BY IFE OLUJUYIGBE
A typical crazy Nigerian woman is probably married with a kid she loves fiercely but never ceases to bother, calling them for the slightest reason to do things like pass the remote that is just an arm-stretch away. She probably has a record of the loudest shouts ever in an argument with the husband, is skilled at beating down the price of a good in the market from five thousand to five hundred, is overly religious, calling every cockroach-movement an attack and pleading the blood, or is the neighbourhood gossip, aware of whose cock crowed at six, and whose husband snored at three. This is the kind of crazy the Nigerian can relate to, none of which is seen in the Desmond Elliot-directed movie, The Diary of a Crazy Nigerian Woman.
The title, while being largely unoriginal and having offered that much promise, gives the audience a false idea of the story as it unfolds, and gets them quickly disappointed by the turn of events, considering that the woman in question is hardly even crazy, and there is no diary, mentioned or implied.
Seeing Bimbo Ademoye cast as lead is an adrenaline boost of sorts. Ademoye, who in recent times has taken on diverse and well-portrayed roles in film, has done much more crazy in others than she did in this film that tags her character crazy. And while she puts up a brilliant showing still, this movie could have done with a far more accurate title.
The Diary of a Crazy Nigerian Woman tells the story of a couple, Emeka and Lola, who are forced to move out of their swanky Lekki apartment for a humbling apartment in Ajangbadi because Emeka runs into debt he is unable to pay. Lola is unhappy with the new development, and coupled with the fact that she has friends to impress, she realizes she is pregnant and plots a kidnapping by her neighbor in order to get money from her husband.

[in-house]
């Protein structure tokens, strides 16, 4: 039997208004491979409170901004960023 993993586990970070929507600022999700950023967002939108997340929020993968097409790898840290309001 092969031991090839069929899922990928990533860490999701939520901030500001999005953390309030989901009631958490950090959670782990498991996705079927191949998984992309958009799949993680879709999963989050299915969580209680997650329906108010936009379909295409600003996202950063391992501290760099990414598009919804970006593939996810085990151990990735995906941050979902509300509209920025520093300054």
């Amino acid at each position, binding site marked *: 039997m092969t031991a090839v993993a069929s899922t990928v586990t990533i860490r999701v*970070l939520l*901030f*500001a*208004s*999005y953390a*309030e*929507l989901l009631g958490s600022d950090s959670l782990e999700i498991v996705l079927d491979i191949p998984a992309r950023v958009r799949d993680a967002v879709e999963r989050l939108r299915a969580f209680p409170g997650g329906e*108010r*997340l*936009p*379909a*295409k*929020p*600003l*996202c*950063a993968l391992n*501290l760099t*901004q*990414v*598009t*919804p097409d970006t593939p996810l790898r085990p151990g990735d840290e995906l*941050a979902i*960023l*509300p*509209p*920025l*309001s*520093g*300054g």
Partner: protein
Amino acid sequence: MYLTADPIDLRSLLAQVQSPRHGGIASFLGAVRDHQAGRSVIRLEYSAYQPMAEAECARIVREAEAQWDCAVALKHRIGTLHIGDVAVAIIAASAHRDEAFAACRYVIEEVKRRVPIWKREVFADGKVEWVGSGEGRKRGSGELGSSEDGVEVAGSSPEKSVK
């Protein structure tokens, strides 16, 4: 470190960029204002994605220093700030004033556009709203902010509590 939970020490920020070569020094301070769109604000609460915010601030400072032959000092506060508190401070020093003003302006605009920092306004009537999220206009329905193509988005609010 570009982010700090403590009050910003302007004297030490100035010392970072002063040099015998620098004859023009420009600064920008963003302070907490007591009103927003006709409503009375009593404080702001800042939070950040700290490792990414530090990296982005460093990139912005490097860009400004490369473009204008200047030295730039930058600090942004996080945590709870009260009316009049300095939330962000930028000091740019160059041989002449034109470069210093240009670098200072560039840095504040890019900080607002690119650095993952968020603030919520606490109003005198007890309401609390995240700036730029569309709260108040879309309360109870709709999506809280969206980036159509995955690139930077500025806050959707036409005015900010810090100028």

Lola and Emeka are in love and care deeply for one another, so when she decides on this kidnap ploy, it is a surprise. But we go on with it, and realise that unless she was utterly foolish, planning your own kidnapping and staying in the house next door is largely improbable.
One thing this film manages to do, however, is entertain, especially with acts like Abiola Segun Williams who is big on hilarious Yoruba-intoned theatrics. Deyemi Okanlawon who plays Emeka has great chemistry with Bimbo Ademoye, both of which have also costarred as lovers in It’s About Your Husband. The brilliant acting and casting of this film gives the viewer a good time, nearly enough to make up for what it lacks in the strength of its story and clichéd title.
The Diary of a Crazy Nigerian Woman also features Jimmy Odukoya, Rotimi Salami, Enado Odigie , Emem Ufot and Benedict Gbemudu. Written by Francisca Eleyele and produced by Desmond Elliot, The Diary of a Crazy Nigerian Woman thrives on its humour, and stellar acting. The sound and picture quality are good as well, and the pacing is quick, giving no room for a snooze in the middle. The dialogue could be a lot better, as dwelling so much on chit-chat between Emeka and his friend did the story too little justice.
All in all, The Diary of a Crazy Nigerian Woman passes as okay afternoon filler. Not bad, not special.